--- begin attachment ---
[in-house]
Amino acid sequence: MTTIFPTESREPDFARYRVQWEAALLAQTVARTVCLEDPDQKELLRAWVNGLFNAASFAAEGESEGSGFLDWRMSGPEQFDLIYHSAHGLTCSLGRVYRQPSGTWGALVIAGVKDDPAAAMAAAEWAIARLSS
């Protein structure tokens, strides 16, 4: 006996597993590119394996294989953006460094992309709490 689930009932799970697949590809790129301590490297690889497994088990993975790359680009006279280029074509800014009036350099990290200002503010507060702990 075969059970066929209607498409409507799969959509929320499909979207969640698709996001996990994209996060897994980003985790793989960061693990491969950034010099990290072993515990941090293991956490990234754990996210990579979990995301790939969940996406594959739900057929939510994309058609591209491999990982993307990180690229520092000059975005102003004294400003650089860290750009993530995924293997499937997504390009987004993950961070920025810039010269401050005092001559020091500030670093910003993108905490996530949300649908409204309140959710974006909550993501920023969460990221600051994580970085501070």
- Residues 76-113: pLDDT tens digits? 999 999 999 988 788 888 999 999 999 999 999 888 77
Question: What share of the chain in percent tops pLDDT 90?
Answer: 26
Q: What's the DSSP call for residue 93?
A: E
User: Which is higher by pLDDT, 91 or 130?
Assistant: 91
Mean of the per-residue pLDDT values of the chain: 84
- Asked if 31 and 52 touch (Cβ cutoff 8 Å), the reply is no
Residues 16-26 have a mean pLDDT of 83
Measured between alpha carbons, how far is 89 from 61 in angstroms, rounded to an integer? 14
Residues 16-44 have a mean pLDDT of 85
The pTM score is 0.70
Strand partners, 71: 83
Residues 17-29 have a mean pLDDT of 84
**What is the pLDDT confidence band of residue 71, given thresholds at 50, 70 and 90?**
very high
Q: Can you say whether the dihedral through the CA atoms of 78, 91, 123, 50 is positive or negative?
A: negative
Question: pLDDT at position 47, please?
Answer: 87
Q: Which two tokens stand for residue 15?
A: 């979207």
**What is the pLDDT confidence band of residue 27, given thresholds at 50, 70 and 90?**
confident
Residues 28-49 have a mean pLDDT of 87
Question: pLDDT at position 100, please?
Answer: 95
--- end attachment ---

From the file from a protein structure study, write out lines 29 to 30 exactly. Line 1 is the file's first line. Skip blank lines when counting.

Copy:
Residues 28-49 have a mean pLDDT of 87
Question: pLDDT at position 100, please?